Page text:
Franca Arena AM

SBS Radio: Forty years young

Image: Supplied/MarkTedeschi

Franca Arena wishes a very happy 40th birthday to SBS Radio and takes us back to where it all began, when there were no channels through which Sydney’s diverse ethnic communities could be heard.

 

This June, SBS Radio will be 40 years young.

It started from humble beginnings on a shoe string budget.

It was the beginning of January in 1975, I remember it well. Al Grassby who was at the time the Commissioner for Community Relations rang me and other community activists and said:

“I have obtained from the Government the amount of 67,000 dollars to start an experimental radio station in community languages.  We shall call it 2EA and 3EA Ethnic Australia.  The money will only be sufficient to pay the studios at a radio station and two full time employees for 3 months: Jenny Looman and Claire Dunne.  You will have to be all volunteers. It will be important for you to ask your listeners to write in to show the government that these stations are very much wanted and needed. You must make it very successful.” said Al Grassby.

I was so delighted to take part. We organised ourselves and started in June 1975.

The very first radio studio was in Five Dock; we used the studios of a religious radio station. Then the station broadcast from a studio in Clarence Street until the beautiful building in Artarmon was completed, where the studio of both SBS Radio and television were located and are still now.

I was the first Italian voice in Sydney, preparing and announcing the programmes, but I also asked good people like Tony Palumbo, Livio Benedetti and Claudio Marcello, Pietro Schirru and others to make a regular segment in areas they were experts, for instance, Livio Benedetti spoke and explained what Medicare and Medibank were all about, Palumbo of course talked about sport and so on.

Our aim was to cover a wide range of topics – for both men and women, young and old – so that all could participate and feel like we were speaking to them directly.

We had a day per language., The Greek programme with Taki Kaldis started on a Monday, we Italians followed on a Tuesday, and then there was Josephine Zammit in Maltese, Incekera in Turkish and different people for Serbo-Croatian (the two languages were alternate) followed by Lebanese and Vietnamese.

The Chinese community and the Arabic groups at the time were much smaller than what they are today.

It is with pride that one thinks from those humble beginnings, SBS Radio broadcasts now in 74 languages and has a wide and important role in helping immigrants and the wider ethnic communities to integrate in the mainstream of our society.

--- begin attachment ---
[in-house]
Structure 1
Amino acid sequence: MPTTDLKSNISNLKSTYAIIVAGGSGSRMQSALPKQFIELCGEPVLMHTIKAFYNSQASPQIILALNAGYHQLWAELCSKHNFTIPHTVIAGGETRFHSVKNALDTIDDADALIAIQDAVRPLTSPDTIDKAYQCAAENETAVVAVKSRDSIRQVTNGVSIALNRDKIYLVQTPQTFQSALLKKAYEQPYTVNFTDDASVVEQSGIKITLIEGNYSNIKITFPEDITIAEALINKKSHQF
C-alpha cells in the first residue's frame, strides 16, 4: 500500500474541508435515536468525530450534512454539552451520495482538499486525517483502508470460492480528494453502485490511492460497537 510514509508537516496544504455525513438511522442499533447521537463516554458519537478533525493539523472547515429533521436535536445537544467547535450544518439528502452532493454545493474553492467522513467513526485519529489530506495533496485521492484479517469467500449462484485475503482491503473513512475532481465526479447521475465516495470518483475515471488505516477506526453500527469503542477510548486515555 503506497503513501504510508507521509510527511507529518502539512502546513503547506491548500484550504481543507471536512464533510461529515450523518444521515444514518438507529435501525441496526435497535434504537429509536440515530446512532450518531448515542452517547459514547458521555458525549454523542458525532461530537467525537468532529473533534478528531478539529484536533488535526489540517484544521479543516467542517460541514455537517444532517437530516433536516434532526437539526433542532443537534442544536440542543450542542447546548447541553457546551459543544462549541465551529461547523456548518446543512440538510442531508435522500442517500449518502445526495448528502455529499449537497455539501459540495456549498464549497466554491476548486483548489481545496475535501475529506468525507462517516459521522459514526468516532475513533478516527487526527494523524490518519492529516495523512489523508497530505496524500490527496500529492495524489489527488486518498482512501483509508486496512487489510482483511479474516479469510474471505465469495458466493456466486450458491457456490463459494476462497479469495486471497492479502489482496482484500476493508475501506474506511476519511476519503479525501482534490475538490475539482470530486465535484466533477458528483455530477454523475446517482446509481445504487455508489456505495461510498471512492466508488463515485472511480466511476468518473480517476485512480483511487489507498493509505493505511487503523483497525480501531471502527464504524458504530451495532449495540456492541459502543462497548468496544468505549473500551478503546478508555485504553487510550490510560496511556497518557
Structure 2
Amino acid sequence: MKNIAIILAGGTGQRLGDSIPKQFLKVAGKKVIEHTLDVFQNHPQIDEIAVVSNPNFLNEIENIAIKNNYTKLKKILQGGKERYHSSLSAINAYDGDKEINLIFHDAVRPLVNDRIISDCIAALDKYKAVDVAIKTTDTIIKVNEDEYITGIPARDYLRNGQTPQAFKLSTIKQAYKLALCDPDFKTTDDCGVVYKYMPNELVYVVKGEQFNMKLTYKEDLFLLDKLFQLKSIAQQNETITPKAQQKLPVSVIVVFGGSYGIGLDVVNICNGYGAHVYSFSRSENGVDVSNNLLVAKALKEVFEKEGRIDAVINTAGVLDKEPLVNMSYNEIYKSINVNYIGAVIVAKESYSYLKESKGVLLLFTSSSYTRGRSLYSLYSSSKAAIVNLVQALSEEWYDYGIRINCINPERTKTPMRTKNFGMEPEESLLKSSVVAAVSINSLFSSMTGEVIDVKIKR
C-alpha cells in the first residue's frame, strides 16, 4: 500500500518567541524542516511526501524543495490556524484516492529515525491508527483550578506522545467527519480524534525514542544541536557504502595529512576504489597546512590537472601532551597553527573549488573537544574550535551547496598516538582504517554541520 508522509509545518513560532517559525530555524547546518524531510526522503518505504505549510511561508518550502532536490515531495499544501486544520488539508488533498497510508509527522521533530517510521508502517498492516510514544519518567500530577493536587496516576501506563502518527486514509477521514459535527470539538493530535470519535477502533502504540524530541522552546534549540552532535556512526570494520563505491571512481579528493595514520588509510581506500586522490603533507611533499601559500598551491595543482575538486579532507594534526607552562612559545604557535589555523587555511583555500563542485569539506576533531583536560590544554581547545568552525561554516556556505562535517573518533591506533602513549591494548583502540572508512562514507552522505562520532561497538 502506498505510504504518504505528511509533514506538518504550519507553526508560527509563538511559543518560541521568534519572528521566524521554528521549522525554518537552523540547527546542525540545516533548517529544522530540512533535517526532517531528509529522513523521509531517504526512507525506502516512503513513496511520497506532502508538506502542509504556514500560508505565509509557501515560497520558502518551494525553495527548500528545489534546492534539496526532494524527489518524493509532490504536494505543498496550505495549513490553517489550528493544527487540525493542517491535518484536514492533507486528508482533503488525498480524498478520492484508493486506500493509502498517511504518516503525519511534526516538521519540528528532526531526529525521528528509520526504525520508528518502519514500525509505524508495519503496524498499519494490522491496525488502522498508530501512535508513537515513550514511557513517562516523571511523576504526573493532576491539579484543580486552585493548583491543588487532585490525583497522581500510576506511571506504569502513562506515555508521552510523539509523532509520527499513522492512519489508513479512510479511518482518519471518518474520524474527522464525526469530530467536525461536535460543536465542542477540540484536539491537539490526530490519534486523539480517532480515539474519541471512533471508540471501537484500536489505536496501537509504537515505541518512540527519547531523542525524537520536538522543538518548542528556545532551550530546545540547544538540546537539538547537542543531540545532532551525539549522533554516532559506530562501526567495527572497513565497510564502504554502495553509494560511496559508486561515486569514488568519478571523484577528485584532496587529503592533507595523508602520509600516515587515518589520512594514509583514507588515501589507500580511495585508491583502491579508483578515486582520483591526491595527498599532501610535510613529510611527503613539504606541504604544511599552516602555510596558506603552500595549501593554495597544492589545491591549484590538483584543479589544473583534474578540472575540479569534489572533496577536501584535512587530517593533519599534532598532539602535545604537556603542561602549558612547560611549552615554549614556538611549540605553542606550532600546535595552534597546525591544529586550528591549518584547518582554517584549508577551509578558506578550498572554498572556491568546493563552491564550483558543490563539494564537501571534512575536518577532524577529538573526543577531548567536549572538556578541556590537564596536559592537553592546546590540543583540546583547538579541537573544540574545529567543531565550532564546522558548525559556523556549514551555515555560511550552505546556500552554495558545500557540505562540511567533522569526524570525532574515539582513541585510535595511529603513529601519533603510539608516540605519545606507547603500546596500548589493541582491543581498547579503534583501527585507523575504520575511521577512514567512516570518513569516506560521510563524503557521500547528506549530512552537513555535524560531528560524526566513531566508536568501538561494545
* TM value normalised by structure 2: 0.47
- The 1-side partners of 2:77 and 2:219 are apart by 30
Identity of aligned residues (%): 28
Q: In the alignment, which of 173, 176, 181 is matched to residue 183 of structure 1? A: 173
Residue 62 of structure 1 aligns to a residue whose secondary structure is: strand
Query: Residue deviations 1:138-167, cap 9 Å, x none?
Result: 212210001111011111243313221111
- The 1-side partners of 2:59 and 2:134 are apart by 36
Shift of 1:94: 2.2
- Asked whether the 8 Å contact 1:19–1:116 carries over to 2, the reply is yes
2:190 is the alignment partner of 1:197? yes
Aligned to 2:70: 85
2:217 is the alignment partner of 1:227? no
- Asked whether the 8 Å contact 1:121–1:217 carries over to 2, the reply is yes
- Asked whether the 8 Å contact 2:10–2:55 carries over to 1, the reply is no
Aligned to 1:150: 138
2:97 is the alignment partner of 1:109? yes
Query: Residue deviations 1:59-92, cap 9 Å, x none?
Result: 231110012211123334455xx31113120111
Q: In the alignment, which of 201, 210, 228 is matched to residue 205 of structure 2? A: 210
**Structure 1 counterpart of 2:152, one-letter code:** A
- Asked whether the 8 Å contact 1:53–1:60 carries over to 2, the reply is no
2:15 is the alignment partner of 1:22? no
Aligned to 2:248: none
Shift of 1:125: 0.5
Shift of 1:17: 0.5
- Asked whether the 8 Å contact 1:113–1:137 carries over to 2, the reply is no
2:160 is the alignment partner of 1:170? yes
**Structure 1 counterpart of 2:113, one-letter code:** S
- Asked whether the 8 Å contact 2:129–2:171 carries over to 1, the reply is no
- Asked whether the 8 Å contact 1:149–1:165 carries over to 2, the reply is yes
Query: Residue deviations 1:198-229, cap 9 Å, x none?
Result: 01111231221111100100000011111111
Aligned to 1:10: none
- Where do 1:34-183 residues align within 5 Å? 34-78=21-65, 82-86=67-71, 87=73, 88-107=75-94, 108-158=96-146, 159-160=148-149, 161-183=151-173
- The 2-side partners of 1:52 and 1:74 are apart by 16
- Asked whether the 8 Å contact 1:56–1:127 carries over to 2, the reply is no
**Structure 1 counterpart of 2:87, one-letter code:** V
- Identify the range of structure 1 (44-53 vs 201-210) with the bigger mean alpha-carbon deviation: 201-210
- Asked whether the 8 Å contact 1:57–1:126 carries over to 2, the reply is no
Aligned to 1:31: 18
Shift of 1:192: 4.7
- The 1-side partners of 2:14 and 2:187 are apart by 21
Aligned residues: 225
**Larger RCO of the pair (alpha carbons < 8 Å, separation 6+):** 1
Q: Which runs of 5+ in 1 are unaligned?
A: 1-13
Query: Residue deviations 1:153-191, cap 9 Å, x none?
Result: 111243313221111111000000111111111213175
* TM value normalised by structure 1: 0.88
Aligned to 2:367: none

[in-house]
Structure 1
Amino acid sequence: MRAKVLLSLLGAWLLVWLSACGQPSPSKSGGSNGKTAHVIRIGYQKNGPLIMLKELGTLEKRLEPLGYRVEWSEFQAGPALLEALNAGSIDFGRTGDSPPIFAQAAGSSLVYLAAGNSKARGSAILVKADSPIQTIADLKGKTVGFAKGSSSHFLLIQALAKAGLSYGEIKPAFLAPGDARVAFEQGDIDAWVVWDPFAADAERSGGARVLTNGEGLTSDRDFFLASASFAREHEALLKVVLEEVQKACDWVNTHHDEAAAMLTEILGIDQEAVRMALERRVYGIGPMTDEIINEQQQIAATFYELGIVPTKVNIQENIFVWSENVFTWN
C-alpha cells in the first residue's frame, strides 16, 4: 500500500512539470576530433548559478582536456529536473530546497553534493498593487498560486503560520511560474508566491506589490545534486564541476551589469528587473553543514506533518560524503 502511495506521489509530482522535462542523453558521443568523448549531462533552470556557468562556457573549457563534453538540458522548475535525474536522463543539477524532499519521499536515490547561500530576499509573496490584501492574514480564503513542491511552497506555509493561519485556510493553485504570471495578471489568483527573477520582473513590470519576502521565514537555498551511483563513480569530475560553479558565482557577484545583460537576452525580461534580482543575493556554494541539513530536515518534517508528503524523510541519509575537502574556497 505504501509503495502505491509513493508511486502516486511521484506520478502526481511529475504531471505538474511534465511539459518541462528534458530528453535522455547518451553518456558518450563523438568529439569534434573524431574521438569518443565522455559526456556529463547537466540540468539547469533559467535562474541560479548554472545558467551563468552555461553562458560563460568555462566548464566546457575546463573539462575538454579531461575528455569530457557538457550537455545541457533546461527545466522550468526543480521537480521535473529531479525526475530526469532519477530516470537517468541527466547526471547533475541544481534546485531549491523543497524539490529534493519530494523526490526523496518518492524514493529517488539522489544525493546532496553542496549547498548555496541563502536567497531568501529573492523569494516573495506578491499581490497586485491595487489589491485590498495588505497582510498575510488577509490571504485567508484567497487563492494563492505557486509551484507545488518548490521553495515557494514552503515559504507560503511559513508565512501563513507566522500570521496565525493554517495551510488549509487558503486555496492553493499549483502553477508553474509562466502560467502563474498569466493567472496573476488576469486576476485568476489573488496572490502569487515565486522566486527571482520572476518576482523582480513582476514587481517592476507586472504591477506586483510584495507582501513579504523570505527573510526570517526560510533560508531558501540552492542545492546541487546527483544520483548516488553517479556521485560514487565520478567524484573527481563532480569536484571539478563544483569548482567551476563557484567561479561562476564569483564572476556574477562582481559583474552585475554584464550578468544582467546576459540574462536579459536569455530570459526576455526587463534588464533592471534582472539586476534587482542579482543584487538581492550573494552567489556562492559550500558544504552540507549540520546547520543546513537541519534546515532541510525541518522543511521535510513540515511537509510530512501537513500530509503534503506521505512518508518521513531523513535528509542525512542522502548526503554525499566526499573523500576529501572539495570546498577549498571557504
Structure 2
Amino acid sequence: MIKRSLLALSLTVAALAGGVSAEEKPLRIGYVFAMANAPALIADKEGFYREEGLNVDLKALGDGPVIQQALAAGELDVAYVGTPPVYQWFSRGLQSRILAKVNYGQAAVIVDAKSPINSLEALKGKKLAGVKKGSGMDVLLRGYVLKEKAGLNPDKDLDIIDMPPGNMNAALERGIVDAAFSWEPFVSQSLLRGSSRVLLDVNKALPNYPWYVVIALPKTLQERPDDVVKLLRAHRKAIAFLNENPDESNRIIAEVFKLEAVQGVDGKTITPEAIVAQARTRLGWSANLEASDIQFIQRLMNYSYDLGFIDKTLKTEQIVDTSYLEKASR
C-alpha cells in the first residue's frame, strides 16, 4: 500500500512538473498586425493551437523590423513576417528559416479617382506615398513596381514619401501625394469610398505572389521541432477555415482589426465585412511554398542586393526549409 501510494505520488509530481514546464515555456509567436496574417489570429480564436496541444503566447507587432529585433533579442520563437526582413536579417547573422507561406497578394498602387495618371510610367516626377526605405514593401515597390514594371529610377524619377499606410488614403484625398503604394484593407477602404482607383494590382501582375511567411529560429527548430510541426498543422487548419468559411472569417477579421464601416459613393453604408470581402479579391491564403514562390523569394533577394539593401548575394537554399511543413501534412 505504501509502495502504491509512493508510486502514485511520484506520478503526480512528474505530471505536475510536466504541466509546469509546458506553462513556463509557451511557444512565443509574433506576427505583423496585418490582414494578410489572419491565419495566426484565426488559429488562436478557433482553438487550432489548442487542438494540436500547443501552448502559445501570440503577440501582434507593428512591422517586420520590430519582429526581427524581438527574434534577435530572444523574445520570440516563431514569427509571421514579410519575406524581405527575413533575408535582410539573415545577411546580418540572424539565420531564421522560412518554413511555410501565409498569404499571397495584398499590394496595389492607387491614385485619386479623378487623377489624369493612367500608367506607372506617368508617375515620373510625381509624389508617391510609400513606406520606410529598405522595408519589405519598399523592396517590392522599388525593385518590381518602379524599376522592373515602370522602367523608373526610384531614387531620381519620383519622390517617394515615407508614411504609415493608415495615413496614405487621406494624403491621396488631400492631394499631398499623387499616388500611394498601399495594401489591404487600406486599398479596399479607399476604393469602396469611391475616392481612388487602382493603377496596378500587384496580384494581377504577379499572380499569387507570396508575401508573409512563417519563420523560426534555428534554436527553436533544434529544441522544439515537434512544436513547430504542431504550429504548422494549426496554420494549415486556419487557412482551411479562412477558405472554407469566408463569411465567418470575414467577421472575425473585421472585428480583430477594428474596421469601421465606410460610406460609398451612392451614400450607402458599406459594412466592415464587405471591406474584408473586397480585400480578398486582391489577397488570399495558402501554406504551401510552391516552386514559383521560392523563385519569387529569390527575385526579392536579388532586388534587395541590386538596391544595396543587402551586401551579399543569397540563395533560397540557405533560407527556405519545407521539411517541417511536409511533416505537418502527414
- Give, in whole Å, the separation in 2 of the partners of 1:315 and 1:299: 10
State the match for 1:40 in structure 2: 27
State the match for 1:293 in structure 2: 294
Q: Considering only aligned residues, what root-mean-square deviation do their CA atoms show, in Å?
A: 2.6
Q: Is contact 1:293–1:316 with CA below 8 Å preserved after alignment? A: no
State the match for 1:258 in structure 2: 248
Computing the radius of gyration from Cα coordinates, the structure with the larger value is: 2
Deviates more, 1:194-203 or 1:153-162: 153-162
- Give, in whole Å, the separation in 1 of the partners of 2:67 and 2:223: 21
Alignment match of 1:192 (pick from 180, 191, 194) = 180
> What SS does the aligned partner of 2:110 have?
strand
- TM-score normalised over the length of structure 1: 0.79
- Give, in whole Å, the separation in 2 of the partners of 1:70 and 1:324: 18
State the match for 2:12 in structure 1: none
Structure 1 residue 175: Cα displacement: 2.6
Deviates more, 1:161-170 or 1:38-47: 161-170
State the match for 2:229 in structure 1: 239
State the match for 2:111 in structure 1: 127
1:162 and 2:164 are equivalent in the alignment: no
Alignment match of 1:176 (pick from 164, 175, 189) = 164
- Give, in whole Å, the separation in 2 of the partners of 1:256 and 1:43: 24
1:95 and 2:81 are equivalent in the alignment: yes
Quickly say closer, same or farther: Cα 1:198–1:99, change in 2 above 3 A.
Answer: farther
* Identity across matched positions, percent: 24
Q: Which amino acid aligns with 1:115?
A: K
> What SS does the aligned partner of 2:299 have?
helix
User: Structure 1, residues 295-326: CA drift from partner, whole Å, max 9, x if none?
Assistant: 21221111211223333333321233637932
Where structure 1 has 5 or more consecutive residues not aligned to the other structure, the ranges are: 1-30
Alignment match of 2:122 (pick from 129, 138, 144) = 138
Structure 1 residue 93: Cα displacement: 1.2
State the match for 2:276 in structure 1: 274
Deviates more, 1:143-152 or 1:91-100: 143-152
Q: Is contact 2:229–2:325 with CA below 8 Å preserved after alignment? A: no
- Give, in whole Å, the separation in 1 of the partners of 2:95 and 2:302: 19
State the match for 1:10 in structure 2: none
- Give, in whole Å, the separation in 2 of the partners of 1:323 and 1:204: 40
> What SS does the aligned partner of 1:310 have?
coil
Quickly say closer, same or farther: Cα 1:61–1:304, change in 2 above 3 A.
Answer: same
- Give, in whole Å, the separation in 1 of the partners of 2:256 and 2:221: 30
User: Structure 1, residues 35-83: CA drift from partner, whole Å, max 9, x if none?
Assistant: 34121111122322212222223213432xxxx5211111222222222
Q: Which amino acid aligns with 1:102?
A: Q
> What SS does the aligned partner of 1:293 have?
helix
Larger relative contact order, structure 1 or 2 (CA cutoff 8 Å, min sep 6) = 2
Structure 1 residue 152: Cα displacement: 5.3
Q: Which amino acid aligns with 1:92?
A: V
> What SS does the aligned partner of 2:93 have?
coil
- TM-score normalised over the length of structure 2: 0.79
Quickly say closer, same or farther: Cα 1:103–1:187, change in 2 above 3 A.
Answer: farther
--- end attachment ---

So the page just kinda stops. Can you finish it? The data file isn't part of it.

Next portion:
It all started under a Whitlam Labor Government, but Prime Minister Malcolm Fraser, when elected in December 1975, supported the initiative in radio and made funds available also for the start of SBS television.

He had a very good and competent adviser in community and ethnic affairs, Petro Georgiou, a Greek-Australian who became a Federal Member of Parliament in Victoria.

One important factor about the need for a radio station broadcasting in community languages, was that the ABC at the time, did not want to be involved with the ethnic communities at all. This was despite the fact that management was approached on several occasions by various activists in the ethnic communities

The ABC never broadcast in community languages; never showed a film in languages other than English.

In addition, I want to say with a certain regret, and that is because I love the ABC, that when their management saw SBS becoming so successful both on radio and on TV, they wanted to amalgamate the two broadcasters.

We protested vehemently. I remember delegations to the Minister for Telecommunications, to various Parliamentarians, public meetings and so on.

We opposed the amalgamation and fortunately, it never happened. We knew that amalgamation meant the ABC would have swallowed us up and that the distinctive purpose of our broadcasts, their community outreach, would be lost.

As the programmes grew in popularity, hundreds and hundreds of letters were sent by listeners supporting the new station and asking the government to make it permanent. They were all sent to Canberra to Commissioner Al Grassby

The experiment was extended for another 6 months. Eventually it became permanent.

I remember well the discussions we had at the time, our deep commitment and support for a multicultural and diverse Australian society.

One important point was that without the retention of community languages there would not be a multicultural society. Assimilation would take the place of integration and a great wealth of different cultures and languages would be lost to Australia forever.

We firmly believed that Ethnic radio was helping both with the retention of languages and supplying very much needed information about all aspects of Australian society.